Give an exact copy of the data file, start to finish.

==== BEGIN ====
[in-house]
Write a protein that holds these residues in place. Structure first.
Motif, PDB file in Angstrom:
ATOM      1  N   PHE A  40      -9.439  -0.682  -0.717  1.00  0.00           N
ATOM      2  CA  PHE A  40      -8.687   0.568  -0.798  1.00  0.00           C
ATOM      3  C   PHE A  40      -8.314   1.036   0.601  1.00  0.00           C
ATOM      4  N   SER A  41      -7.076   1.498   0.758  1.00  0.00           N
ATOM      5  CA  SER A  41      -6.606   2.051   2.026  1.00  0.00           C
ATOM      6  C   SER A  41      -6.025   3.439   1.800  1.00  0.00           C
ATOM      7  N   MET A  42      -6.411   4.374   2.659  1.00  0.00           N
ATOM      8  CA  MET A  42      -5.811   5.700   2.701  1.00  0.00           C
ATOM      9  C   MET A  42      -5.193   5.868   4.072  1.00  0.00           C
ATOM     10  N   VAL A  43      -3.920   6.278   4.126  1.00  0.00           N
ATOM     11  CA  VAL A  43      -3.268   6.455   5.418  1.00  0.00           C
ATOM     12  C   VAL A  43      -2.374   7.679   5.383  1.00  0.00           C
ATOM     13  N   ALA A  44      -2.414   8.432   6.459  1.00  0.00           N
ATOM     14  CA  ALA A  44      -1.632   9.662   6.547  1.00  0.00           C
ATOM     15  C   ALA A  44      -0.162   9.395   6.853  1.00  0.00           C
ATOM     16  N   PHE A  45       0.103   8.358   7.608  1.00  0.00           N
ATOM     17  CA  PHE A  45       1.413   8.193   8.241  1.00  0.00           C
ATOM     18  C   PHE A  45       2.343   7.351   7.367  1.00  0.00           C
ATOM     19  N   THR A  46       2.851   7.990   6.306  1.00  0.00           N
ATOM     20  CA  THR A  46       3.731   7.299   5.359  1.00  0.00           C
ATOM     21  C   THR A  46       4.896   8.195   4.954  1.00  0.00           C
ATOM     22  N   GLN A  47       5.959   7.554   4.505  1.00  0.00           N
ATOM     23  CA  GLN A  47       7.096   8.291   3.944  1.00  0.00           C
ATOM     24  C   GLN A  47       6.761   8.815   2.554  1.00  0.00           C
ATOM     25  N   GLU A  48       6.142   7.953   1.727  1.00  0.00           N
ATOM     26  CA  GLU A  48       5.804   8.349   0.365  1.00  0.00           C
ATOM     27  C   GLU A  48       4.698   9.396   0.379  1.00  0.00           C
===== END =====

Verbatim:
[in-house]
Write a protein that holds these residues in place. Structure first.
Motif, PDB file in Angstrom:
ATOM      1  N   PHE A  40      -9.439  -0.682  -0.717  1.00  0.00           N
ATOM      2  CA  PHE A  40      -8.687   0.568  -0.798  1.00  0.00           C
ATOM      3  C   PHE A  40      -8.314   1.036   0.601  1.00  0.00           C
ATOM      4  N   SER A  41      -7.076   1.498   0.758  1.00  0.00           N
ATOM      5  CA  SER A  41      -6.606   2.051   2.026  1.00  0.00           C
ATOM      6  C   SER A  41      -6.025   3.439   1.800  1.00  0.00           C
ATOM      7  N   MET A  42      -6.411   4.374   2.659  1.00  0.00           N
ATOM      8  CA  MET A  42      -5.811   5.700   2.701  1.00  0.00           C
ATOM      9  C   MET A  42      -5.193   5.868   4.072  1.00  0.00           C
ATOM     10  N   VAL A  43      -3.920   6.278   4.126  1.00  0.00           N
ATOM     11  CA  VAL A  43      -3.268   6.455   5.418  1.00  0.00           C
ATOM     12  C   VAL A  43      -2.374   7.679   5.383  1.00  0.00           C
ATOM     13  N   ALA A  44      -2.414   8.432   6.459  1.00  0.00           N
ATOM     14  CA  ALA A  44      -1.632   9.662   6.547  1.00  0.00           C
ATOM     15  C   ALA A  44      -0.162   9.395   6.853  1.00  0.00           C
ATOM     16  N   PHE A  45       0.103   8.358   7.608  1.00  0.00           N
ATOM     17  CA  PHE A  45       1.413   8.193   8.241  1.00  0.00           C
ATOM     18  C   PHE A  45       2.343   7.351   7.367  1.00  0.00           C
ATOM     19  N   THR A  46       2.851   7.990   6.306  1.00  0.00           N
ATOM     20  CA  THR A  46       3.731   7.299   5.359  1.00  0.00           C
ATOM     21  C   THR A  46       4.896   8.195   4.954  1.00  0.00           C
ATOM     22  N   GLN A  47       5.959   7.554   4.505  1.00  0.00           N
ATOM     23  CA  GLN A  47       7.096   8.291   3.944  1.00  0.00           C
ATOM     24  C   GLN A  47       6.761   8.815   2.554  1.00  0.00           C
ATOM     25  N   GLU A  48       6.142   7.953   1.727  1.00  0.00           N
ATOM     26  CA  GLU A  48       5.804   8.349   0.365  1.00  0.00           C
ATOM     27  C   GLU A  48       4.698   9.396   0.379  1.00  0.00           C